I got featured

I got featured

Copied from the Microsoft Student Developer Blog


Dara Oladapo, Microsoft Student Partner from Nigeria

In 2002, Dara Oladapo walked with his two older brothers to the local cybercafé in Ibadan, Nigeria. The three boys went to the café intending to open a joint email account. There, Dara’s brother taught him how to hold the mouse, click on the screen and navigate around Windows.

That was the first time Dara touched a computer. He was 9-years old.

Unlike many of this millennial generation, Dara, now 23-years-old, did not spend his toddler years binge watching Sesame Street on Netflix or tapping a touch screen to talk to Grandma on Skype. But talking to him now, you’d think he was born a techie.

Two years later, when Dara turned 11, Dara’s mom bought the family a desktop computer. Dara saw the PC as any other household gadget: a prime target for tinkering. He dismantled many gadgets as a youngster and confesses with a laugh that he ruined several of them. He even got himself electrocuted once.

But he can’t help it, Dara is obsessed with discovering how things work behind the scenes.

But he couldn’t tinker to his heart’s content on the new family PC because he had to share the new toy with his entire family, and as the youngest of three boys, Dara didn’t exactly get first dibs. It wasn’t until the wee hours of the night, when the rest of the family slept, that Dara would have his chance to dig into the magical world of computing. Sometimes for entire nights at a time, he would stay up teaching himself how to mouse and type, how to navigate Windows, how to install software successfully, and eventually, how to code.

His home didn’t have Internet access, so he would research on the Web at local cybercafés. “I would save up my allowance to visit the cybercafé to just get information on new things. I bought a lot of those 3.5-inch diskettes just to save Web pages and read them later when I got home.”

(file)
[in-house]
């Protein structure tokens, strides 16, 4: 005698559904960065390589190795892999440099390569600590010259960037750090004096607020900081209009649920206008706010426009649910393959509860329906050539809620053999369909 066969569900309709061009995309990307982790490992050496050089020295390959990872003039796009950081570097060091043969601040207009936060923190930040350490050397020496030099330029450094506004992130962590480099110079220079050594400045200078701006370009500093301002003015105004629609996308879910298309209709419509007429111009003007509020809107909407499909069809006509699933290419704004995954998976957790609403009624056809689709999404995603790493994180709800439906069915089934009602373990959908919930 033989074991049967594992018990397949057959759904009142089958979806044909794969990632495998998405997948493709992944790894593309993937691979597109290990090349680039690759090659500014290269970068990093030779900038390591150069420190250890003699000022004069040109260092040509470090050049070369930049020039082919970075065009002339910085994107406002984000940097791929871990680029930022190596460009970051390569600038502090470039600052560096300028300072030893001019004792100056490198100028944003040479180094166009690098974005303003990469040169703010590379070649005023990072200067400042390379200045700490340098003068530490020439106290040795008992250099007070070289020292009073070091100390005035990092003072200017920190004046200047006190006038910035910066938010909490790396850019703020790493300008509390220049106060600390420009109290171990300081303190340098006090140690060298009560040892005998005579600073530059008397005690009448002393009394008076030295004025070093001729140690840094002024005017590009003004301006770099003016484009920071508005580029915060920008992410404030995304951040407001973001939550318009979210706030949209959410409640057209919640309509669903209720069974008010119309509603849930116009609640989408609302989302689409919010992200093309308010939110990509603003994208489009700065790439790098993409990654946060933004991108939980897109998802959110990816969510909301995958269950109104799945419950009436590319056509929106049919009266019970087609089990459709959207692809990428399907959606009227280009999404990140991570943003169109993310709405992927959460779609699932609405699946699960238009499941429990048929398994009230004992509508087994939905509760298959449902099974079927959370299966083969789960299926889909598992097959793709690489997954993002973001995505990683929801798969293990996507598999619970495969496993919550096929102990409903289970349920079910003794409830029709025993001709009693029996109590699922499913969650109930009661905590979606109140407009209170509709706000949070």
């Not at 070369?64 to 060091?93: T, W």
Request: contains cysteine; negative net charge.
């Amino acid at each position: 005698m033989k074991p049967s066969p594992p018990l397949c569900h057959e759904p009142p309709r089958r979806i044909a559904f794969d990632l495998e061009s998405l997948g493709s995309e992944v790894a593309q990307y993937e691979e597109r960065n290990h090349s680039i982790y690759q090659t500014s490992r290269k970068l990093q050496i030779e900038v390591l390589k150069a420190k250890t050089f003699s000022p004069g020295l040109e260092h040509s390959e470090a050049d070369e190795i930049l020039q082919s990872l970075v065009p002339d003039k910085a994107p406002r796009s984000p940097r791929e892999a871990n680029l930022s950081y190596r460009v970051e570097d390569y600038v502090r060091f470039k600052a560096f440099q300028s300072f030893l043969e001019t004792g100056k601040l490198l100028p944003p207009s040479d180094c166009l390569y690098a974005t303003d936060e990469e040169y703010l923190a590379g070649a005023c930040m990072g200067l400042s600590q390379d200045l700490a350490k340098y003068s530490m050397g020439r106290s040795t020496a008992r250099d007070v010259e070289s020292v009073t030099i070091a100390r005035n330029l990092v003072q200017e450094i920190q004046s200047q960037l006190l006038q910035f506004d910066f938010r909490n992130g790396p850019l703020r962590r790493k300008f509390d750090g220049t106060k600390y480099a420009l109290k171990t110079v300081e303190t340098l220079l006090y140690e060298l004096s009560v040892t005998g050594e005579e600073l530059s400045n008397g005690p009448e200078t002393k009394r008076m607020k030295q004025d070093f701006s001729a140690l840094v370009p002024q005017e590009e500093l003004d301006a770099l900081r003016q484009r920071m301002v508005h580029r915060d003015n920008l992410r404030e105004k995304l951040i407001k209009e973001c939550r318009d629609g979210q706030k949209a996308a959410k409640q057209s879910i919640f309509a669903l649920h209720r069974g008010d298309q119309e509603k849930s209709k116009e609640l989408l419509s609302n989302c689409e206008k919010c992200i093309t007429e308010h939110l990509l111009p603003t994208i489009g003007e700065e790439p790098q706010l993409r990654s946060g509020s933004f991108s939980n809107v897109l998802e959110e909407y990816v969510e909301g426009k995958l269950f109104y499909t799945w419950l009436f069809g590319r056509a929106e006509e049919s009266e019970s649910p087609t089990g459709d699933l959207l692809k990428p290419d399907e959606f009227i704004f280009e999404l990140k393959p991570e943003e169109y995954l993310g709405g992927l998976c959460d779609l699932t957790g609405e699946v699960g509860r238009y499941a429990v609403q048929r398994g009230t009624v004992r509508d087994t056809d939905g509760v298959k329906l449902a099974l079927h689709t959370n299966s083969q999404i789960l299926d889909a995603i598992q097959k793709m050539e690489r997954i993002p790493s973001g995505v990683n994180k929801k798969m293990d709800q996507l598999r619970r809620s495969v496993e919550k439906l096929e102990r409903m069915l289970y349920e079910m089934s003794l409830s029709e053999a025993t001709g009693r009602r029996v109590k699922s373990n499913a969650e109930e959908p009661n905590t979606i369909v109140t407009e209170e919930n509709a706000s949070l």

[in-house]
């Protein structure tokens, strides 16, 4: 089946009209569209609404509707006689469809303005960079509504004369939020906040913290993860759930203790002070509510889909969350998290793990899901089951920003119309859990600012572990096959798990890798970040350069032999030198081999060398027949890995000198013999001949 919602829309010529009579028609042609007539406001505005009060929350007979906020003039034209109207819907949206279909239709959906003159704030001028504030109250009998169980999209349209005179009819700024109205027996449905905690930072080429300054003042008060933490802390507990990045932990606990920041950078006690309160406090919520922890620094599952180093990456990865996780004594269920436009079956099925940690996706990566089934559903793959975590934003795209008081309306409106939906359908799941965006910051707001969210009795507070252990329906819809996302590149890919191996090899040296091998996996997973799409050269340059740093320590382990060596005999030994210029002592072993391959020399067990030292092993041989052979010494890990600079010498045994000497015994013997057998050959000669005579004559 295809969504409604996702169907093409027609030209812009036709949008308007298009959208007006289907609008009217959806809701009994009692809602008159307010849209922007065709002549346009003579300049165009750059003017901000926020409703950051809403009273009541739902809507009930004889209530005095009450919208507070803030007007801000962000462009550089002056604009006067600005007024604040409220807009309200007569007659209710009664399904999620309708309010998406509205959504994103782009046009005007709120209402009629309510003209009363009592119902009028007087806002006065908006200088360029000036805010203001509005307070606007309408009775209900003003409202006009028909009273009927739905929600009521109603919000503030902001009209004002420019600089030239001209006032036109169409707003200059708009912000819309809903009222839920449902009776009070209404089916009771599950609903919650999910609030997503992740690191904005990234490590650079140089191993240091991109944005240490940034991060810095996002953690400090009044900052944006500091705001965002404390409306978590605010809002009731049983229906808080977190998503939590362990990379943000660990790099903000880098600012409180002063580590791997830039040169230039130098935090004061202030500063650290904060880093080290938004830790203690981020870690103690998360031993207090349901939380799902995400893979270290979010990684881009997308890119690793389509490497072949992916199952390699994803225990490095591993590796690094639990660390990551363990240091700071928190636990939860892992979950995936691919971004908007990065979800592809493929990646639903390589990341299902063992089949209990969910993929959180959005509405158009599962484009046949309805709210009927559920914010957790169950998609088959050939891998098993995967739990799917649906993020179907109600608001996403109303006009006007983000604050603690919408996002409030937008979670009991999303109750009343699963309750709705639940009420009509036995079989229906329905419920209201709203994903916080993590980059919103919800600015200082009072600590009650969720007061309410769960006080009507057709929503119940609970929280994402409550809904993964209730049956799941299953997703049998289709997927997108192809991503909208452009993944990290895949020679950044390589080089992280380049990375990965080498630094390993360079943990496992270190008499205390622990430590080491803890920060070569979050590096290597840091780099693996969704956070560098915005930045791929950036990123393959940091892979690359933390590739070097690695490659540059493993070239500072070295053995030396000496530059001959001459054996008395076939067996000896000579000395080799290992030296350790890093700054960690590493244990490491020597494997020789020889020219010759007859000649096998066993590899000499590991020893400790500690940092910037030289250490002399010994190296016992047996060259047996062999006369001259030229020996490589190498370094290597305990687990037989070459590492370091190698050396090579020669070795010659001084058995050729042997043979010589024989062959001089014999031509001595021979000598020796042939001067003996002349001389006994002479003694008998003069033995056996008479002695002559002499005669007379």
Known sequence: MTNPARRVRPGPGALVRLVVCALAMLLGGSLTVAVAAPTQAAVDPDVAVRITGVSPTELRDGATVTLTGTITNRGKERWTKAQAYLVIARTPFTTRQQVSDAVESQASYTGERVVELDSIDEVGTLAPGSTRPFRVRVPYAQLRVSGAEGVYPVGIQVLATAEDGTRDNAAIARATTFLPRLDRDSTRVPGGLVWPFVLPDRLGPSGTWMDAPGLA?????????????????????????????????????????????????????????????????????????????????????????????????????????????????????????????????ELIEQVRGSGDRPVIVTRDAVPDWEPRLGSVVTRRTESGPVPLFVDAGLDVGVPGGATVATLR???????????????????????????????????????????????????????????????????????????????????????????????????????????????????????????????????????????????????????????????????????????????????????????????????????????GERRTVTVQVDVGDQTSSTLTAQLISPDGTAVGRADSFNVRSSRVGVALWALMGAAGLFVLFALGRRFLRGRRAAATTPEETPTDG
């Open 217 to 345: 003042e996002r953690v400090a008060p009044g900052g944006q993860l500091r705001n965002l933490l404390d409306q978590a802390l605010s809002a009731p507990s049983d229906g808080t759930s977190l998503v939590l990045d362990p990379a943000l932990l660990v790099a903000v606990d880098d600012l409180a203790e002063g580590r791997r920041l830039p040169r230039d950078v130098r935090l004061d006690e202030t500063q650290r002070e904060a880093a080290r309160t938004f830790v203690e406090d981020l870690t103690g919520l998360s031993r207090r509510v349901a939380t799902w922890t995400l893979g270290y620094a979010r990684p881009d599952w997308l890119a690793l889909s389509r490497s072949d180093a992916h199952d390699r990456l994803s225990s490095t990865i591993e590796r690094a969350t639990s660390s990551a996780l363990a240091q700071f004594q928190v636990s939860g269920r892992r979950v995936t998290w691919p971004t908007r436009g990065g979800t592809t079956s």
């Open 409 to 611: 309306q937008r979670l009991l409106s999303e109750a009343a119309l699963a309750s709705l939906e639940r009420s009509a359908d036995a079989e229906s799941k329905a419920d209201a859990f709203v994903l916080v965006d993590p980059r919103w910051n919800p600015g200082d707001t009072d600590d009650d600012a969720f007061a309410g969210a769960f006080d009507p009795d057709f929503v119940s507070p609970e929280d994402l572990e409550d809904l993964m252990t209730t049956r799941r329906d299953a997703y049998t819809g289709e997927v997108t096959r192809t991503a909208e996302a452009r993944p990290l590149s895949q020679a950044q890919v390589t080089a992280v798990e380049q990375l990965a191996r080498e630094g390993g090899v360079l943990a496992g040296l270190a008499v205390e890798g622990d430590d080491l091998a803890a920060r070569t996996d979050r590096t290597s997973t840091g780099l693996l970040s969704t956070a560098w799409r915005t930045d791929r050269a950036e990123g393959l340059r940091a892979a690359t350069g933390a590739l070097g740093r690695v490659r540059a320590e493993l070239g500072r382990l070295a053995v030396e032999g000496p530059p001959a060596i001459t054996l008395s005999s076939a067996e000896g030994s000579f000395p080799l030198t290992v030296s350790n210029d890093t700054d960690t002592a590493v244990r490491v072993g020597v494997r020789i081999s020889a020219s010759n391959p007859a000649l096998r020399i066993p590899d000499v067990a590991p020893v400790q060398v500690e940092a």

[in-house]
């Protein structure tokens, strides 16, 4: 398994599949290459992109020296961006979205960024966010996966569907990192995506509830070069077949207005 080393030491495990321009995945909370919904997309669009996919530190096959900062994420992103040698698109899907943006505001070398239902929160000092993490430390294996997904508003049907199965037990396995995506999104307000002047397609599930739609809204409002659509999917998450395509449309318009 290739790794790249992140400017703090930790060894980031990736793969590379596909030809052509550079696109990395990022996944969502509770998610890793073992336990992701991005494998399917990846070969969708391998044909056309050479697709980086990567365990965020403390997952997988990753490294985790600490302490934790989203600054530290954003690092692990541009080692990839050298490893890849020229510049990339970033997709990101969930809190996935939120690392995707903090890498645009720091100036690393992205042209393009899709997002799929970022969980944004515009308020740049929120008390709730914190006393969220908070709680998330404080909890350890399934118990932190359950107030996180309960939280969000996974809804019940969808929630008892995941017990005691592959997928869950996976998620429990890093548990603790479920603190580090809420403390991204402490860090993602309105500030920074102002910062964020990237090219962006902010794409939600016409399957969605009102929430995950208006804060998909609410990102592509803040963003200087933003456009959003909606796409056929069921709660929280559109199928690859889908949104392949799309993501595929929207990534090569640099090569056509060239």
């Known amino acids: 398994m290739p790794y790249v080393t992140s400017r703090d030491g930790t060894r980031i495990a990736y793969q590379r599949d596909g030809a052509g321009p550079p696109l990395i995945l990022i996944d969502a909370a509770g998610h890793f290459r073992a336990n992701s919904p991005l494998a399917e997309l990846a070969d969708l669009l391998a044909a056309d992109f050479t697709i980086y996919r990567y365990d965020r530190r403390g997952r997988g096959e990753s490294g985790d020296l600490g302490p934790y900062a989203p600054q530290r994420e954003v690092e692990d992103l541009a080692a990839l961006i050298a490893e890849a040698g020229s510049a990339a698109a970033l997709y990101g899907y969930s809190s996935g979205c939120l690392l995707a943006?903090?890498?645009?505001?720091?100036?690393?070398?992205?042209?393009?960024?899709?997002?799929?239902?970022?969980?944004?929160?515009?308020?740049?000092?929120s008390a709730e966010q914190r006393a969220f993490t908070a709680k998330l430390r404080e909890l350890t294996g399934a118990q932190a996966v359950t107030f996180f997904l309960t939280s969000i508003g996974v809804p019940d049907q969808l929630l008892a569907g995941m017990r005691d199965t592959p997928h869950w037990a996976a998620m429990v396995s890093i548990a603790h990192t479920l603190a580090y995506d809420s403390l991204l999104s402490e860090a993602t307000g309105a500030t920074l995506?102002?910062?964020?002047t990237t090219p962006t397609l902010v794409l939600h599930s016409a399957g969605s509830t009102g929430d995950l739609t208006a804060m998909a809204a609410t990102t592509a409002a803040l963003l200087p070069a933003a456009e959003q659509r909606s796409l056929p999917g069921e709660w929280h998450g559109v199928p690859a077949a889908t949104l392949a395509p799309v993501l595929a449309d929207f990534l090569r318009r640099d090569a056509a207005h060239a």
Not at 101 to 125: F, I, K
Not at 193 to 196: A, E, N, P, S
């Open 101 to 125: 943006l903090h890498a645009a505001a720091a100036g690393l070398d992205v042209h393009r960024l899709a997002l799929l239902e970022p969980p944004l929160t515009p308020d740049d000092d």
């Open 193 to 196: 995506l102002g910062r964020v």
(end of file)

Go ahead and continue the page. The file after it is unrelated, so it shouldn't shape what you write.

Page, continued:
Somewhere buried in those late nights and Web pages of research was an HTML lesson. From there, the love of computers and coding grabbed Dara.

How did he go from tinkerer to techie? Dara is truly a self-made man. “I seriously started programming in January 2011 with Microsoft [Visual Basic 6], playing with image controls with a tutorial I stumbled on online. Since then, my passion for creating things with code has sparked. This pushed me to learn C#, after which I progressed into other languages. ”

To teach himself tech and coding, Dara takes advantage of the many free Microsoft Virtual Academy courses that cover areas such as HTML5 application development fundamentals and developing apps for Windows Phone and the Windows Store. Today, Dara has numerous apps in the Windows Phone Store, many focused on his homeland of Nigeria, including TribesAndLocation, political parties, Road Safety, NAFDAC (Nigeria’s food and drug regulatory agency) and my9ja (an app focused on Nigeria’s culture and history.)


Dara’s app, “My9Ja” is one of 10 available in the Windows Phone Store. “My9Ja” educates users on Nigeria’s culture and history.

Now in his final year at The Federal University of Technology, in Akure, Nigeria – Dara’s list of accomplishments and current projects goes on and on.

A member of three national Imagine Cup finalist teams and winner of seven national software competitions (including the 2013 winner of the national Nigerian software competition), Dara now focuses on teaching himself ASP.NET and Office 365 Development and updating his Windows Phone apps in the Windows Phone Store.


Dara’s team, Team Eagle, accept their first place trophy at the 2013 annual Nigerian software competition. Team Eagle (Aboluwarin Olaoluwa, Oladapo Oluwadara [Dara Oladapo] and Banjo Mofesola) won with ‘Enchanter,’ an app where contacts can exchange virtual greeting cards through their phones. (Also pictured: Professor Adebiyi Daramola and Dr. Kayode Alese)

Despite these accomplishments, Dara is not content to simply acquire techie status. He evangelizes technology wherever he goes – whether it’s speaking to younger students about YouthSpark or co-leading talks about Microsoft technology with his developer community group on campus.

From tinkerer to techie to someday being a teacher, Dara dreams of opening his own school to pass on his love of technology to the next generation. But for now, Dara is content to keep learning all he can with as much force as possible.

Microsoft wants to make it easy to help young people like you to change their world through technology, just as Dara and many other Microsoft Student Partners have. Be sure to check out Microsoft Imagine, where you can find all the software tools you need, no matter your skill level or experience, and all at no cost.

And if you want to explore the basics of teaching yourself how to code like Dara, head on over to the Microsoft Virtual Academy and check out some of these courses to get started:

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